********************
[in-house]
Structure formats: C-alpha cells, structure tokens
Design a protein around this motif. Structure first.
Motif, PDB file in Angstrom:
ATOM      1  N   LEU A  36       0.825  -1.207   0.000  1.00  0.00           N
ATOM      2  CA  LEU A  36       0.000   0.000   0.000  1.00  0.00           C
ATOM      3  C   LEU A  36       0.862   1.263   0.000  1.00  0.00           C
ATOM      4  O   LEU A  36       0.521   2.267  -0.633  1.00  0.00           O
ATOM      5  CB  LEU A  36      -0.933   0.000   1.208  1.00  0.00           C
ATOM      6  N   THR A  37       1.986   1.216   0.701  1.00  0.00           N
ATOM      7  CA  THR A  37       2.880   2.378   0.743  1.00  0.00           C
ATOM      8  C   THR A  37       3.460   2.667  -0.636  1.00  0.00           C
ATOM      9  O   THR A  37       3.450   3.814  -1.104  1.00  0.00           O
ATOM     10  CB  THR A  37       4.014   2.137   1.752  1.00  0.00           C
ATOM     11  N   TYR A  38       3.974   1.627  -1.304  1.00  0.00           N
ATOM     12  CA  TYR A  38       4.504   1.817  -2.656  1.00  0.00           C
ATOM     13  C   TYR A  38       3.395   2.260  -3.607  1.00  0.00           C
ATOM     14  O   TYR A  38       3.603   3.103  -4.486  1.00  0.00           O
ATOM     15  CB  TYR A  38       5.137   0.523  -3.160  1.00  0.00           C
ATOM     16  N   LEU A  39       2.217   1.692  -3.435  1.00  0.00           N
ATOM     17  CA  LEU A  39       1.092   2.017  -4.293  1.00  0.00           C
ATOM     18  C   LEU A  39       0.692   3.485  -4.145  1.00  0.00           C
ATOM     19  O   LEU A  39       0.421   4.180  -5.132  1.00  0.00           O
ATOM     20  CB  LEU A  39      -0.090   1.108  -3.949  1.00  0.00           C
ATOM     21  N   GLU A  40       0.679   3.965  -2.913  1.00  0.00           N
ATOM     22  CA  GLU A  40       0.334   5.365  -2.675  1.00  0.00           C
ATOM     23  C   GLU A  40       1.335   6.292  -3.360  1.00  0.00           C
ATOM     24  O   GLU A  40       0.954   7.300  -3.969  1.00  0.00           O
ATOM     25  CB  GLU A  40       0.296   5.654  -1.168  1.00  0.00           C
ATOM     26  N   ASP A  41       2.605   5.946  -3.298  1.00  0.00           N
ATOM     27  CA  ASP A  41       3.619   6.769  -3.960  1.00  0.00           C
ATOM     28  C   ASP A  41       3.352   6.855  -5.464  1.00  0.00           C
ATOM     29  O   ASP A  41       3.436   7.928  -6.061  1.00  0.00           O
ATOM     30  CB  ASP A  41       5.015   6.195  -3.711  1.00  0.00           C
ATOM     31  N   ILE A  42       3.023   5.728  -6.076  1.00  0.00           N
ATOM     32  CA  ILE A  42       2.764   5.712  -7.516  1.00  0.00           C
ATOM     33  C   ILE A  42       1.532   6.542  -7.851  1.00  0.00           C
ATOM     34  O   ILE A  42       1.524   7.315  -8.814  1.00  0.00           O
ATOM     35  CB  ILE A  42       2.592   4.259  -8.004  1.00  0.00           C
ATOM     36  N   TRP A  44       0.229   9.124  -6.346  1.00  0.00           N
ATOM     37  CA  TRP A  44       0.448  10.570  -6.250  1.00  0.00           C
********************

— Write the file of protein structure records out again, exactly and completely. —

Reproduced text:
[in-house]
Structure formats: C-alpha cells, structure tokens
Design a protein around this motif. Structure first.
Motif, PDB file in Angstrom:
ATOM      1  N   LEU A  36       0.825  -1.207   0.000  1.00  0.00           N
ATOM      2  CA  LEU A  36       0.000   0.000   0.000  1.00  0.00           C
ATOM      3  C   LEU A  36       0.862   1.263   0.000  1.00  0.00           C
ATOM      4  O   LEU A  36       0.521   2.267  -0.633  1.00  0.00           O
ATOM      5  CB  LEU A  36      -0.933   0.000   1.208  1.00  0.00           C
ATOM      6  N   THR A  37       1.986   1.216   0.701  1.00  0.00           N
ATOM      7  CA  THR A  37       2.880   2.378   0.743  1.00  0.00           C
ATOM      8  C   THR A  37       3.460   2.667  -0.636  1.00  0.00           C
ATOM      9  O   THR A  37       3.450   3.814  -1.104  1.00  0.00           O
ATOM     10  CB  THR A  37       4.014   2.137   1.752  1.00  0.00           C
ATOM     11  N   TYR A  38       3.974   1.627  -1.304  1.00  0.00           N
ATOM     12  CA  TYR A  38       4.504   1.817  -2.656  1.00  0.00           C
ATOM     13  C   TYR A  38       3.395   2.260  -3.607  1.00  0.00           C
ATOM     14  O   TYR A  38       3.603   3.103  -4.486  1.00  0.00           O
ATOM     15  CB  TYR A  38       5.137   0.523  -3.160  1.00  0.00           C
ATOM     16  N   LEU A  39       2.217   1.692  -3.435  1.00  0.00           N
ATOM     17  CA  LEU A  39       1.092   2.017  -4.293  1.00  0.00           C
ATOM     18  C   LEU A  39       0.692   3.485  -4.145  1.00  0.00           C
ATOM     19  O   LEU A  39       0.421   4.180  -5.132  1.00  0.00           O
ATOM     20  CB  LEU A  39      -0.090   1.108  -3.949  1.00  0.00           C
ATOM     21  N   GLU A  40       0.679   3.965  -2.913  1.00  0.00           N
ATOM     22  CA  GLU A  40       0.334   5.365  -2.675  1.00  0.00           C
ATOM     23  C   GLU A  40       1.335   6.292  -3.360  1.00  0.00           C
ATOM     24  O   GLU A  40       0.954   7.300  -3.969  1.00  0.00           O
ATOM     25  CB  GLU A  40       0.296   5.654  -1.168  1.00  0.00           C
ATOM     26  N   ASP A  41       2.605   5.946  -3.298  1.00  0.00           N
ATOM     27  CA  ASP A  41       3.619   6.769  -3.960  1.00  0.00           C
ATOM     28  C   ASP A  41       3.352   6.855  -5.464  1.00  0.00           C
ATOM     29  O   ASP A  41       3.436   7.928  -6.061  1.00  0.00           O
ATOM     30  CB  ASP A  41       5.015   6.195  -3.711  1.00  0.00           C
ATOM     31  N   ILE A  42       3.023   5.728  -6.076  1.00  0.00           N
ATOM     32  CA  ILE A  42       2.764   5.712  -7.516  1.00  0.00           C
ATOM     33  C   ILE A  42       1.532   6.542  -7.851  1.00  0.00           C
ATOM     34  O   ILE A  42       1.524   7.315  -8.814  1.00  0.00           O
ATOM     35  CB  ILE A  42       2.592   4.259  -8.004  1.00  0.00           C
ATOM     36  N   TRP A  44       0.229   9.124  -6.346  1.00  0.00           N
ATOM     37  CA  TRP A  44       0.448  10.570  -6.250  1.00  0.00           C